A Sailors Life

This song was collected by W.P. Merrick in 1899 from Henry Hills of Lodsworth, Sussex and published in The Penguin Book of English Folk Songs. A.L. Lloyd recorded it and wrote in the album's sleeve notes: “it is known to sundry tunes all over the British Isles and in America (a Wisconsin set, called The Pinery Boy, transforms the sailor into a lumberjack). Most versions end with the girl ordering her own funeral, and directing that a marble dove be set over her grave, but in fact this motif belongs more properly to the song Died for Love, and Mr Henry Hills, of Lodsworth, Sussex, who sang our version to W.P. Merrick in 1899, would have none of it. It has also been recorded by Martin Carthy who says often adapted to fit other occupations this is one of a group of songs which includes Early Early All in the Spring and the American song on the same theme, Sailor on the Deep Blue Sea. It was published in various broadsides in the 18th century, but often became confused with Died for Love."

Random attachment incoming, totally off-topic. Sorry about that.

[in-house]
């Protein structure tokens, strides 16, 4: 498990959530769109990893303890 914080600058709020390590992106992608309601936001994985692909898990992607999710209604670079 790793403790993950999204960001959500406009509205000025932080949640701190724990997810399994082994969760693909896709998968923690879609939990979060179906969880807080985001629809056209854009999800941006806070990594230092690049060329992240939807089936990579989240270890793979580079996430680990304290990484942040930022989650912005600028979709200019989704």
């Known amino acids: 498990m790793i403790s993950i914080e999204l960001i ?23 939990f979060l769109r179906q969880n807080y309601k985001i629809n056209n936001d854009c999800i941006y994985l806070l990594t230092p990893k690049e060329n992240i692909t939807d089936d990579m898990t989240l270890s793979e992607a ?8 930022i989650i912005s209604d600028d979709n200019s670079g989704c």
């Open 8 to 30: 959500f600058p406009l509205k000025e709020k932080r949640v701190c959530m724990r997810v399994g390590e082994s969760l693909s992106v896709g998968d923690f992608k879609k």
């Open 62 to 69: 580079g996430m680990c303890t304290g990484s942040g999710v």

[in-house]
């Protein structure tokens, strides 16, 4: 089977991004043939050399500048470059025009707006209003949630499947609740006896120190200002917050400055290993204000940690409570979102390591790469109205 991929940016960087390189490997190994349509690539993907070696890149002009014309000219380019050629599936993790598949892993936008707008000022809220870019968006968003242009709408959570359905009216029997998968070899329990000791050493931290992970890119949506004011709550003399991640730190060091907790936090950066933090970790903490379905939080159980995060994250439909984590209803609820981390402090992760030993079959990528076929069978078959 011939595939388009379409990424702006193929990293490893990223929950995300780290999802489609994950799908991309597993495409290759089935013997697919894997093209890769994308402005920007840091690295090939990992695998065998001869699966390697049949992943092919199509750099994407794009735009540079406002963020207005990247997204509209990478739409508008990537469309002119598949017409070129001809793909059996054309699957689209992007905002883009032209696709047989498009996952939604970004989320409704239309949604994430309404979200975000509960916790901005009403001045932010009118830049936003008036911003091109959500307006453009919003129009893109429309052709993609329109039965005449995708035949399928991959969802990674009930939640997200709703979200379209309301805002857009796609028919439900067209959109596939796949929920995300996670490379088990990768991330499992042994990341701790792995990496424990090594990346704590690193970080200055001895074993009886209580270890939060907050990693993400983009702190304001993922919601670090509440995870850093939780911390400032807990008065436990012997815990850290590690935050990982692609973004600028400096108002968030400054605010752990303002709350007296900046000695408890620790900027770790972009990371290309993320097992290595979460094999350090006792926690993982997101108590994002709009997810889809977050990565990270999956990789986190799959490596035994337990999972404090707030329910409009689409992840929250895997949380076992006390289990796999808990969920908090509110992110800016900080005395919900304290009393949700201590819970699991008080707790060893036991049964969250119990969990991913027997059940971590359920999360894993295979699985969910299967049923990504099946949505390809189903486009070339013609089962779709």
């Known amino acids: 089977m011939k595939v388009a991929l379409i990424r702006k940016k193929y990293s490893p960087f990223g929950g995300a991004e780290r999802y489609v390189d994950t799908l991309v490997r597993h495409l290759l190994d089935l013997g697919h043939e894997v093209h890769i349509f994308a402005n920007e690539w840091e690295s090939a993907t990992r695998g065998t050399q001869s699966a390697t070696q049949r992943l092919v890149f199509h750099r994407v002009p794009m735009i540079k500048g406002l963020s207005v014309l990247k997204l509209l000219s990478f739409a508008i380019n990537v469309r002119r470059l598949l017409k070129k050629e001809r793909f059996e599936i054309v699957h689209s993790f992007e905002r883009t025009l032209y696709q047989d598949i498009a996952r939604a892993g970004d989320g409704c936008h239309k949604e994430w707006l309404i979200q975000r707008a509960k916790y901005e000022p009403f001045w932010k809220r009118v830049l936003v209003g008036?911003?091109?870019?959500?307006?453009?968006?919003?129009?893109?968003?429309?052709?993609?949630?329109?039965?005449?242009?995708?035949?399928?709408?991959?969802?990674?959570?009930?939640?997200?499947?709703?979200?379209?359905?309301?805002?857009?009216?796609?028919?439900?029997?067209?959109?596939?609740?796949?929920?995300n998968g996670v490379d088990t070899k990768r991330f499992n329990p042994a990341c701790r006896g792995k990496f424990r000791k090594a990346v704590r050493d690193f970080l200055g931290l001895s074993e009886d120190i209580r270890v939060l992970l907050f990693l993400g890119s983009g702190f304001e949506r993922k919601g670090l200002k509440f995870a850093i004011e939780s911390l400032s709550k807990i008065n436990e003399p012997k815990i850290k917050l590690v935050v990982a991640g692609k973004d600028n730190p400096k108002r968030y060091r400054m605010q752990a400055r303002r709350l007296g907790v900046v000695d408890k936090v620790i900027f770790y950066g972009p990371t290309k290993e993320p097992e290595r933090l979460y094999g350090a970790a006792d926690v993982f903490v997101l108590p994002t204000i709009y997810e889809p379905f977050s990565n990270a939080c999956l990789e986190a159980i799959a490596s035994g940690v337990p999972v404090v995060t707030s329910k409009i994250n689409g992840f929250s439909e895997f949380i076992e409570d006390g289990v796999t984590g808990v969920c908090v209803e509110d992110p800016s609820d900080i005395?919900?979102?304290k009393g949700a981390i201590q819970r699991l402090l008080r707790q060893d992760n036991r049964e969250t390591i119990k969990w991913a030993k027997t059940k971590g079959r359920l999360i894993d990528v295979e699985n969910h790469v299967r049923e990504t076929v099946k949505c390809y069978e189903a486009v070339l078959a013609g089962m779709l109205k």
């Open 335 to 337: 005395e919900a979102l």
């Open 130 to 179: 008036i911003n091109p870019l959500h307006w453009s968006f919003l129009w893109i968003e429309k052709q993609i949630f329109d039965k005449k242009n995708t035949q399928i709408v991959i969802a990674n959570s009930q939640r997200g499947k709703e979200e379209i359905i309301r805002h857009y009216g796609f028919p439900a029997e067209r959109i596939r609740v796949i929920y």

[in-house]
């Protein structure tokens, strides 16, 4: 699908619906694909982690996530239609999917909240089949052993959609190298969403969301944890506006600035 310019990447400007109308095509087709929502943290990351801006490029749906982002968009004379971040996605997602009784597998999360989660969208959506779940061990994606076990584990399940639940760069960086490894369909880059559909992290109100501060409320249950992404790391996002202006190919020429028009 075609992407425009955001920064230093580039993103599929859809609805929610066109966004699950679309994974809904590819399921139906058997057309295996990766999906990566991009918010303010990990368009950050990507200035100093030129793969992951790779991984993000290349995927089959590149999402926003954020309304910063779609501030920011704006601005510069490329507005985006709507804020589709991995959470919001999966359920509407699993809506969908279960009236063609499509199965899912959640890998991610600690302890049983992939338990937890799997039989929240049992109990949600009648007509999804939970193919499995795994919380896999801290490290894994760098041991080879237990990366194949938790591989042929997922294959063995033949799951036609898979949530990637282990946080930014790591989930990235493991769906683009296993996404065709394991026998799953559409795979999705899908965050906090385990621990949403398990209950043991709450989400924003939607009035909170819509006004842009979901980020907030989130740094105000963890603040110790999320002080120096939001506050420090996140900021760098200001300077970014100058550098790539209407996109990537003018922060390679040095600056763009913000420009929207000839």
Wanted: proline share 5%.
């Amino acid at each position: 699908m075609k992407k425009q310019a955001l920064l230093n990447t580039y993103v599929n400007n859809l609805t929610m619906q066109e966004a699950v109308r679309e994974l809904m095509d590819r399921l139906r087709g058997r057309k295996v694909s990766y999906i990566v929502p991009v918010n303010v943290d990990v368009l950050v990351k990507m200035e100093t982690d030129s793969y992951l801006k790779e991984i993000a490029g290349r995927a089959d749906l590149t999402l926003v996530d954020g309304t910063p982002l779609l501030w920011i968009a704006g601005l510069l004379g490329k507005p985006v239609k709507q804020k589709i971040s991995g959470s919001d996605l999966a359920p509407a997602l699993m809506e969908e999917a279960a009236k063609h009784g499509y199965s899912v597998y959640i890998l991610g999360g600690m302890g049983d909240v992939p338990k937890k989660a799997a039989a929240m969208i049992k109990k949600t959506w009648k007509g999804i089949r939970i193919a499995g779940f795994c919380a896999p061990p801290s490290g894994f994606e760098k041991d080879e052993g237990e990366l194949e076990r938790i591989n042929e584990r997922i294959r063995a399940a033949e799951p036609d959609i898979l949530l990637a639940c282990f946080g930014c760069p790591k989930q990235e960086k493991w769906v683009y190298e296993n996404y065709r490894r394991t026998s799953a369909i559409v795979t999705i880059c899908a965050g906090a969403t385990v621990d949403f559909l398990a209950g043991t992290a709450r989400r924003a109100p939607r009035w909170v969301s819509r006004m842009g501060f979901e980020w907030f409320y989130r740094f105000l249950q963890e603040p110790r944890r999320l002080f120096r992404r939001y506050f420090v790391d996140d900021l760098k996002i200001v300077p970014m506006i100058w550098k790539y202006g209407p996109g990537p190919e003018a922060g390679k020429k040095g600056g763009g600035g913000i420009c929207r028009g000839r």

A sailor's life, it is a merry life
He robs young girls of their heart's delight
Leaving them behind to weep and mourn
They never know when they will return

Well, there's four and twenty all in a row
My true love he makes the finest show
He's proper, tall, genteel withal
And if I don't have him, I'll have none at all

Oh, father build for me a bonny boat
That on the wide ocean I may float
And every Queen's ship that we pass by
There I'll inquire for my sailor boy

They had not sailed long upon the deep
When a Queen's ship they chanced to meet
You sailors all, pray tell me true
Does my sweet William sail among your crew?

Oh no, fair maiden, he is not here
For he's been drownded, we greatly fear
On yon green island, as we passed it by
There we lost sight of your sailing boy

Well, she rung her hands and she tore her hair
She was like a young girl in great despair
And her little boat against a rock did run
How can I live now? My sweet William is gone